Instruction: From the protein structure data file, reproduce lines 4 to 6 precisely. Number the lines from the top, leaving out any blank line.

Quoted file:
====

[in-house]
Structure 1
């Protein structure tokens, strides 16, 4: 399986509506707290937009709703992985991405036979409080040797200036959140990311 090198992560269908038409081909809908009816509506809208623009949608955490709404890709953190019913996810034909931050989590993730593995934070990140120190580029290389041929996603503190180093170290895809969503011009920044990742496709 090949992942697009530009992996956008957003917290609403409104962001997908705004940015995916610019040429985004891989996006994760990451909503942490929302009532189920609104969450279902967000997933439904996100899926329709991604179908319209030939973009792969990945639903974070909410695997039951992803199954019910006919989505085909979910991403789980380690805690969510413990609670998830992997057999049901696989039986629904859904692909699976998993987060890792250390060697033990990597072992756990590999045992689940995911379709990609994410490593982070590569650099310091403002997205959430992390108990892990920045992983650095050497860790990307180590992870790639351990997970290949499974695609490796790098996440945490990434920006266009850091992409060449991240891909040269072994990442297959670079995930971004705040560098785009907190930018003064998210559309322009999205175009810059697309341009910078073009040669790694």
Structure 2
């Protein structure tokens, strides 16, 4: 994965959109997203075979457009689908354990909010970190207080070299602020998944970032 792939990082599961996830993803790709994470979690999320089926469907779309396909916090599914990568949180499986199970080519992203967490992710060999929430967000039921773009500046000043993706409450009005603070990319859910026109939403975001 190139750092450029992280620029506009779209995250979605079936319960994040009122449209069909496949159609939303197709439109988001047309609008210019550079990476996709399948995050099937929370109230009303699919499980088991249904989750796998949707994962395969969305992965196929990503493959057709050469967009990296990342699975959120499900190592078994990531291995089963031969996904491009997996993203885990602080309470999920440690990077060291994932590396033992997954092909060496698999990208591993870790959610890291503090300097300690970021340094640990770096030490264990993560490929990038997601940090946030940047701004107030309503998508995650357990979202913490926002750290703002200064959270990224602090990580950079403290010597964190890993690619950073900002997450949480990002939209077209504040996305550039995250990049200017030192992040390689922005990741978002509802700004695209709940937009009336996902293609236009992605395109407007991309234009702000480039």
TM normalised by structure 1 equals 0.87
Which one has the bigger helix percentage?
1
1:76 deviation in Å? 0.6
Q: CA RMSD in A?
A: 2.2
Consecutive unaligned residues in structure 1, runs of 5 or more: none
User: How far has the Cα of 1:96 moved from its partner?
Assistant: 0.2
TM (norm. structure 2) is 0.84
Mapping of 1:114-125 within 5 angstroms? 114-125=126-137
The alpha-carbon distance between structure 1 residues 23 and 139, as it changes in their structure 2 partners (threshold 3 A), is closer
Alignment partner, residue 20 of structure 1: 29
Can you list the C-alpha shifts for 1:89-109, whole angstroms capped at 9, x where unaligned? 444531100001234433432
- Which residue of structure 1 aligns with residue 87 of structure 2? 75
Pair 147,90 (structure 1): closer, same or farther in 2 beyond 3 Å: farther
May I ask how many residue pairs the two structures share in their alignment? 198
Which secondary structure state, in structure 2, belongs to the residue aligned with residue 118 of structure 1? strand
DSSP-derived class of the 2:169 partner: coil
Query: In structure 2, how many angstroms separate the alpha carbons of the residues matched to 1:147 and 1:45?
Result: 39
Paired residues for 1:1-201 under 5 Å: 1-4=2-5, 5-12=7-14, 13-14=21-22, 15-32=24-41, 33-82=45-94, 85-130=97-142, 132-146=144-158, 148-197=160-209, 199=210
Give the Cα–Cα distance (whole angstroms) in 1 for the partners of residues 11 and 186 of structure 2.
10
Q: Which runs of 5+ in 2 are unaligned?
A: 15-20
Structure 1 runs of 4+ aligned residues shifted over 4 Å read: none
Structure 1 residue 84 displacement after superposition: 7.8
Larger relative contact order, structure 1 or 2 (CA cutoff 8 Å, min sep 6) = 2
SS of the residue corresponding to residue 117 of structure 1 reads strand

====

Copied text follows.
Structure 2
């Protein structure tokens, strides 16, 4: 994965959109997203075979457009689908354990909010970190207080070299602020998944970032 792939990082599961996830993803790709994470979690999320089926469907779309396909916090599914990568949180499986199970080519992203967490992710060999929430967000039921773009500046000043993706409450009005603070990319859910026109939403975001 190139750092450029992280620029506009779209995250979605079936319960994040009122449209069909496949159609939303197709439109988001047309609008210019550079990476996709399948995050099937929370109230009303699919499980088991249904989750796998949707994962395969969305992965196929990503493959057709050469967009990296990342699975959120499900190592078994990531291995089963031969996904491009997996993203885990602080309470999920440690990077060291994932590396033992997954092909060496698999990208591993870790959610890291503090300097300690970021340094640990770096030490264990993560490929990038997601940090946030940047701004107030309503998508995650357990979202913490926002750290703002200064959270990224602090990580950079403290010597964190890993690619950073900002997450949480990002939209077209504040996305550039995250990049200017030192992040390689922005990741978002509802700004695209709940937009009336996902293609236009992605395109407007991309234009702000480039």
TM normalised by structure 1 equals 0.87